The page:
Skip to main content

Fire at Quebec seniors' home leaves 5 dead, 30 missing

By AnneClaire Stapleton and Jason Hanna, CNN
updated 1:41 AM EST, Fri January 24, 2014
  • NEW: Water used to fight the blaze has turned to ice, complicating search for victims
  • Police fear death toll will rise; at least 20 people escaped
  • Mayor says most residents were not able to get around on their own

(CNN) -- A fire swept through an apartment complex for the elderly in the small Quebec town of L'Isle-Verte early Thursday, killing at least five and leaving roughly 30 others unaccounted for, police said.

Frigid temperatures have made search efforts difficult, police Lt. Guy Lapointe said hours after the fire began. Water used to fight the blaze has frozen into ice, he said, trapping pockets of fire, and possibly victims, in the collapsed three-story building.

Police said they fear some of the missing were in the burned and frozen remains of the 52-unit Residence du Havre, situated in the town of about 1,400 people near the St. Lawrence River northeast of Quebec City.

Authorities were still struggling to figure out exactly how many people were in the building when the fire hit.

"We need to establish who was there, who wasn't, and find out exactly how many people were inside at the time of the blaze," Lapointe said.

A fire swept through a seniors home in L'Isle-Verte, Quebec, early Thursday, January 23, killing more than a dozen people, police said. A fire swept through a seniors home in L'Isle-Verte, Quebec, early Thursday, January 23, killing more than a dozen people, police said.
Fire at Quebec seniors home
Fire at Quebec seniors home Fire at Quebec seniors home
Fire sweeps through Quebec elderly home

The fire, reported around 12:35 a.m., destroyed the building. About 20 people escaped -- some were taken to a hospital, and others to a nearby school, she said.

"We hope some of those missing went to family members or something like that and report to us later on," Quebec provincial police Sgt. Audrey-Anne Bilodeau said. "The others are likely still inside the burned building."

Officials were calling residents' relatives to try to determine the whereabouts of the missing.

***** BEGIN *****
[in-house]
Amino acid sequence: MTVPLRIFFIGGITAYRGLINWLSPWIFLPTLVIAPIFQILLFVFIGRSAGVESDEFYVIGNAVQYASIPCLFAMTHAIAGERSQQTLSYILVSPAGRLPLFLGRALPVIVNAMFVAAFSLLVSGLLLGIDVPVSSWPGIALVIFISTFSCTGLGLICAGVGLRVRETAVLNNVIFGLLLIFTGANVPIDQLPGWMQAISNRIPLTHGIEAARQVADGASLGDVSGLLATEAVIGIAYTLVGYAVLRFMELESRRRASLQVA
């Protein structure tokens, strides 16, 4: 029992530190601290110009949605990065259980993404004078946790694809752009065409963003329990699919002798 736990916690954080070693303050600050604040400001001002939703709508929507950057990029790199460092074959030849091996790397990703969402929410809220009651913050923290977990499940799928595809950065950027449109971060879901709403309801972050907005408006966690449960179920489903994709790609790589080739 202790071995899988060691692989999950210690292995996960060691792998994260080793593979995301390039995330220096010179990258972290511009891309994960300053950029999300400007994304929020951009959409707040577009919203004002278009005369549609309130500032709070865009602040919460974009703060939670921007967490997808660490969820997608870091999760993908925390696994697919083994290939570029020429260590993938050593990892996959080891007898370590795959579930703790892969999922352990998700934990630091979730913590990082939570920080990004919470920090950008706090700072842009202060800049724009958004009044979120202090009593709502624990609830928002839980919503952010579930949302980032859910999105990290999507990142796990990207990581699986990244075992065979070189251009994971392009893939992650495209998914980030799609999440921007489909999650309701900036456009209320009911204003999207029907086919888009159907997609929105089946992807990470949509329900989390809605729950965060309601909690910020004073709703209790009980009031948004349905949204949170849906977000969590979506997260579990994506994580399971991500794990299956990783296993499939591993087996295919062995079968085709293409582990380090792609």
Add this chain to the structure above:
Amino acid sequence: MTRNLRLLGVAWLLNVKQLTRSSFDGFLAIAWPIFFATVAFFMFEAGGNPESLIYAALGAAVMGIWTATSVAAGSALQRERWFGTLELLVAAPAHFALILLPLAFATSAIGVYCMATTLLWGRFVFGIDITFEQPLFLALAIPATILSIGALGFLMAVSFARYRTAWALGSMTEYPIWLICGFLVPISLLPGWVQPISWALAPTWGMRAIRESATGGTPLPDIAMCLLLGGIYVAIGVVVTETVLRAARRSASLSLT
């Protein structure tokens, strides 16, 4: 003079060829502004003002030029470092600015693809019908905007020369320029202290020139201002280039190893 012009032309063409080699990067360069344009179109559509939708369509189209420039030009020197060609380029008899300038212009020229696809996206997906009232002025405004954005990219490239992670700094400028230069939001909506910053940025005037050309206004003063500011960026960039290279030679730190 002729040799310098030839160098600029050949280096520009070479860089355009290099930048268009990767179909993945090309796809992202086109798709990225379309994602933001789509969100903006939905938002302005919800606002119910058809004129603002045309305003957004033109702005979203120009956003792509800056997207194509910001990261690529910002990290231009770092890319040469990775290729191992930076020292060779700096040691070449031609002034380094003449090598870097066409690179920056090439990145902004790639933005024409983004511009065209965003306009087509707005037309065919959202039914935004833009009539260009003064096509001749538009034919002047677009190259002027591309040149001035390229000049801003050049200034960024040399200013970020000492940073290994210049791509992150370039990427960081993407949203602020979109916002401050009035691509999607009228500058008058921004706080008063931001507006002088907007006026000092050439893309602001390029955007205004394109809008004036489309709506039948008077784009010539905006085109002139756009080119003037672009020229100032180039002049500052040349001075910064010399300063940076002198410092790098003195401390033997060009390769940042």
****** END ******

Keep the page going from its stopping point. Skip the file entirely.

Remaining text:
Emergency personnel worked in temperatures well below freezing. The temperature in nearby Riviere-du-Loup was -22 C (-7 F) at 7 a.m. ET, according to Environment Canada.

Images aired by CBC News, taken by independent photojournalist Francois Drouin, showed massive flames and thick smoke enveloping what was left of the structure.

A man who lives nearby, Pascal Fillion, told CBC News that his roommate woke him up around 1 a.m., and they went outside to see the fire.

"It wasn't a normal house fire, it was like a sheet of paper ... it was so intense," Fillion told CBC News. "

He said he heard screams coming from inside, but firefighters could do little because of the fire's intensity.

"There was one person we saw, who they wanted to save, but he was on the top floor, and with the fire and the wind they weren't able to come any closer," he said.

Residence du Havre served both autonomous seniors and those who required an assisted-living arrangement, according to its website.

Canadian news agency CTV quoted the town's acting mayor, Ginette Caron, as saying just five of the residents were fully autonomous, but most were not able to move around on their own. Some, the mayor said, had Alzheimer's disease.

Lapointe said the cause of the fire wasn't immediately clear. He said he didn't know what kinds of safety measures, such as sprinklers, the complex had.

Canadian Prime Minister Stephen Harper thanked firefighters and first responders, who operated in "harsh weather conditions." He also issued condolences to family and friends of the dead.

"I have every confidence in the ability of the authorities to determine how this tragedy occurred and to take the necessary steps to prevent it from occurring again," he said in a statement.

CNN's Hala Gorani and Catherine E. Shoichet contributed to this report.

Part of complete coverage on
updated 4:06 PM EDT, Thu July 24, 2014
ITN's Dan Rivers reports from the hospital where those injured by an attack in Gaza were being treated.
updated 12:47 AM EDT, Fri July 25, 2014
Flight attendants are wearing black ribbons to show solidarity with fallen colleagues in "a tribute to those who never made it home."
updated 9:24 AM EDT, Fri July 25, 2014
Hamas: "Lift the siege." Israel: "End the rockets." The two sides' demands will be difficult to reconcile.
updated 4:04 AM EDT, Wed July 23, 2014
When the Costa Concordia and its salvage convoy finally depart Giglio, the residents will breathe a sigh of relief -- and shed a tear.
updated 4:53 PM EDT, Tue July 22, 2014
CNN's Richard Quest speaks to Malaysia Airlines' Hugh Dunleavy about how the airline industry needs to react to MH17.
updated 4:42 PM EDT, Thu July 24, 2014
From Maastricht to Melbourne, and baroque theaters to block-long warehouses, these stores make bookish travelers look stylish.
updated 2:57 PM EDT, Wed July 23, 2014
A nun, an AIDS researcher, an athlete and a family traveling on summer vacation. These were some of the victims aboard MH17.
updated 8:21 PM EDT, Mon July 21, 2014
Prince George isn't your average one year old. He started walking before he was one. Oh, and, he's going to be king -- of 16 countries.
updated 2:21 AM EDT, Fri July 18, 2014
In an ambitious plan to upgrade urban India, Prime Minister Narendra Modi says he will build 100 "smart cities" across the country.
CNN joins the fight to end modern-day slavery by shining a spotlight on its horrors and highlighting success stories.
Browse through images from CNN teams around the world that you don't always see on news reports.
updated 9:17 AM EDT, Fri July 25, 2014
After just one day of competition, a new sport has emerged at the Commonwealth Games in Glasgow: snapping selfies with the Queen.